A History of Pergamum: Beyond Hellenistic Kingship by Richard Evans

By Richard Evans

The nation of Pergamum emerged from the nice interval of instability which the demise of Alexander the good. Over the following century Pergamum was once to develop into one of many wealthiest states within the jap Mediterranean. The kingdom of Pergamum used to be integrated into the Roman Empire among 133/129 BCE and it will definitely grew to become Rome's wealthiest province. the entire of Asia Minor suffered within the civil wars which ended the Roman Republic, and Pergamum didn't get away the exactions demanded of the Greek towns through Pompey, Caesar and Antony. within the next peace, ushered in by means of Augustus, Pergamum regained its prosperity and have become one of many cultural centres of the Roman Empire. Its ruling dynasty - the Attalids - have been consumers of the humanities and whereas in strength have been accountable for the awesome embellishment in their capital at Pergamum. different extra old towns equivalent to Ephesus and Miletus additionally benefited from their govt. This quantity surveys Pergamum's historical past from the past due 3rd Century BCE to the second one Century CE.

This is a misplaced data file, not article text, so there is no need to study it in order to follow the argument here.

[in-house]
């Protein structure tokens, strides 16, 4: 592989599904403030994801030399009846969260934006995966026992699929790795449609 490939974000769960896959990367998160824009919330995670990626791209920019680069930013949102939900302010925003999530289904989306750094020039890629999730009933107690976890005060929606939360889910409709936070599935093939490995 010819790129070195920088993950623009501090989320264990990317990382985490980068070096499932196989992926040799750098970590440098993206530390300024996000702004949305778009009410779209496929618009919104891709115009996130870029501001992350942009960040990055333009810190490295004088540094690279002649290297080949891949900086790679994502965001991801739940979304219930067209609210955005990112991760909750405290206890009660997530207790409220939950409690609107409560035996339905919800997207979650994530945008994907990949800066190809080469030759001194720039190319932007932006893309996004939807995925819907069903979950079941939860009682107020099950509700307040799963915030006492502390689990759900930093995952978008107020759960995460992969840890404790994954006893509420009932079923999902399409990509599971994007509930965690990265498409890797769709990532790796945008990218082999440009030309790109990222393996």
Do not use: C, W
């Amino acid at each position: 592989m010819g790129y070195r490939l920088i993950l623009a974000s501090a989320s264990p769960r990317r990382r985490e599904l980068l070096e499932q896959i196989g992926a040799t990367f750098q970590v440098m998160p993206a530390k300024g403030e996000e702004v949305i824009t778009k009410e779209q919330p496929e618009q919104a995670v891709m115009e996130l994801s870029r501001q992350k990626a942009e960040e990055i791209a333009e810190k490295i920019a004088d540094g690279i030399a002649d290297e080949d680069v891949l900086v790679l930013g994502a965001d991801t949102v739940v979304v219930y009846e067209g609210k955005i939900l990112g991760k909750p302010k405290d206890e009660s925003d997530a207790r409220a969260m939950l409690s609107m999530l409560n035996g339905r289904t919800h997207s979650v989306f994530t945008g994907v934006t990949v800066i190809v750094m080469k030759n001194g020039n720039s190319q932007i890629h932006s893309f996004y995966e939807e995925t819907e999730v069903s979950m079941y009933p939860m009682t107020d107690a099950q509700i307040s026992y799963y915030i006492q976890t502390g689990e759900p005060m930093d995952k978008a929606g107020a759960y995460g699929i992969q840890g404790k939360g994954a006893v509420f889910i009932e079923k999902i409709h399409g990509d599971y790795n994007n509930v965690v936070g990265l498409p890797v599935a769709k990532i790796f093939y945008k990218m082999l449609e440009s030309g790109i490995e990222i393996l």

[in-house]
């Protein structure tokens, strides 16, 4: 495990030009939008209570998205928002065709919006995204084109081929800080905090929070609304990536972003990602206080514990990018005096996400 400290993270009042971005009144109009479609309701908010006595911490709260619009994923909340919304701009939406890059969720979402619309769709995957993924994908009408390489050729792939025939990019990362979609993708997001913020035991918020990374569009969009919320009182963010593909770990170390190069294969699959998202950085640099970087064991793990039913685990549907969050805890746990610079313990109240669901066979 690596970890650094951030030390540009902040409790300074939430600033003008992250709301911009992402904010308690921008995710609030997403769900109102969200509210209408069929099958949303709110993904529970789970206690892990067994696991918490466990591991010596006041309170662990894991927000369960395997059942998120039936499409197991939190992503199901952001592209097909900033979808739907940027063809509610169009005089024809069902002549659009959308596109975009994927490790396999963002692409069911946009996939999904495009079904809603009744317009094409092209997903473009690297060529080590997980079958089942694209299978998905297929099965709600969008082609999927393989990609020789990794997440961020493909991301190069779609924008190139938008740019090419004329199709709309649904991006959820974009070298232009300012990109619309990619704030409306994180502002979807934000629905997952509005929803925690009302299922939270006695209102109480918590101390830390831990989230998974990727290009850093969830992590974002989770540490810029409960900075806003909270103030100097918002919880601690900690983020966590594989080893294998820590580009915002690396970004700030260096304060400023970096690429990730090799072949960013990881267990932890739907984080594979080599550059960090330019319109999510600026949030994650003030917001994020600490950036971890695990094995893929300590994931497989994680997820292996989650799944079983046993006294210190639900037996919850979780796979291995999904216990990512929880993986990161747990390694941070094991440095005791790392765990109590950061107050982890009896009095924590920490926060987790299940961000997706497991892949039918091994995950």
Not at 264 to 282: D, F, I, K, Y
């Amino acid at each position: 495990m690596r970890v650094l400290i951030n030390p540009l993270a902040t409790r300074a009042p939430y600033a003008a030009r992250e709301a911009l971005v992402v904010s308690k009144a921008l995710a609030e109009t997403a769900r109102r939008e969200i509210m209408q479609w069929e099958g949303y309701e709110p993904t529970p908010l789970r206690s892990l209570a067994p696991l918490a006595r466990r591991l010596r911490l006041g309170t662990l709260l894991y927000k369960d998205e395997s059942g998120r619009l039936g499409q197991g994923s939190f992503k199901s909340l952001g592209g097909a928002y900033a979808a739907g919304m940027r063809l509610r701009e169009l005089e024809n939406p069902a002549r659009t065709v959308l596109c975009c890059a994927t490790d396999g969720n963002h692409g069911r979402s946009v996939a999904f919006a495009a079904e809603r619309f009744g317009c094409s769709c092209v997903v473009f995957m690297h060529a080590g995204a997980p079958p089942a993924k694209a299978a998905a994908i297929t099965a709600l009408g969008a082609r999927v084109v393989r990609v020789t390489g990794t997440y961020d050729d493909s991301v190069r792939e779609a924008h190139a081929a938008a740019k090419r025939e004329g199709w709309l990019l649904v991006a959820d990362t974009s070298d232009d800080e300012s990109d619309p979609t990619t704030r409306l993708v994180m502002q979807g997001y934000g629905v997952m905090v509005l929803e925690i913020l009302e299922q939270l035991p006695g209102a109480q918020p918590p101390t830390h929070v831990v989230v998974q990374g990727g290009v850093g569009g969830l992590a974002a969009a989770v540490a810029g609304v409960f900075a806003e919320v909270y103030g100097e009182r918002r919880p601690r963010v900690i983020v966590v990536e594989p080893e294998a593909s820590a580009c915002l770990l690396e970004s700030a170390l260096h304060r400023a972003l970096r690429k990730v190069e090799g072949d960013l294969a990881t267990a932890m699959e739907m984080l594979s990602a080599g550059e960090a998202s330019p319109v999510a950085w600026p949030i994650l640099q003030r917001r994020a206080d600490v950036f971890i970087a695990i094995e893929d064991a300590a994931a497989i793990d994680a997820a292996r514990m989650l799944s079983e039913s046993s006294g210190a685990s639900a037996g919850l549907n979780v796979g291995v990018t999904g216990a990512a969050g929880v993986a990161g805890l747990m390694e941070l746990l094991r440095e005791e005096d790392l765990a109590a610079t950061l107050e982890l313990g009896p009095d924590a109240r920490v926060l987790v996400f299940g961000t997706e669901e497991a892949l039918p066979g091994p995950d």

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Quinctius Flamininus in 197. 21), by then an esteemed ally of Rome. His eulogy by Livy is informative: He had fallen ill at Thebes and was taken to Pergamum where he died. Fortune had granted him nothing to suggest a hope of kingship except wealth. By using this wealth carefully and astutely he made himself appear worthy of being a king. Then in one battle he defeated the Galatians and after that victory he took the diadem. He ruled over his citizens with complete justice and was especially loyal to his allies.

The battle is said to have occurred near Sardis and, if that is accurate, it points to some movement by Eumenes away from the Caicus Valley. Was he in a position to do this against the power of his erstwhile hegemon, from whom he had presumably broken his allegiance? It is worth noting that the elder Antiochus is remembered as a mostly successful ruler, while the younger is not. The much older and more experienced Antiochus I would likely not have risked a campaign in response to Pergamum adventuring, whereas his successor would have been much more enthusiastic about gaining military laurels and more likely to suffer a defeat.

It may not be coincidental, therefore, that the revelation to the senate from the Sibylline Books should have occurred at the time of peace with Macedonia, either at the time when Pergamum was proving its loyalty to Rome in the matter of the deity from Pessinus or immediately after that treaty had been signed to illustrate to the world – and in particular to Philip V – exactly where Attalus’ future political stance would be. Attalus was certainly capable of manipulating the oracle at Delphi, where he was highly influential, and could easily have manipulated a reading of the Sibylline Books through allies at Rome.

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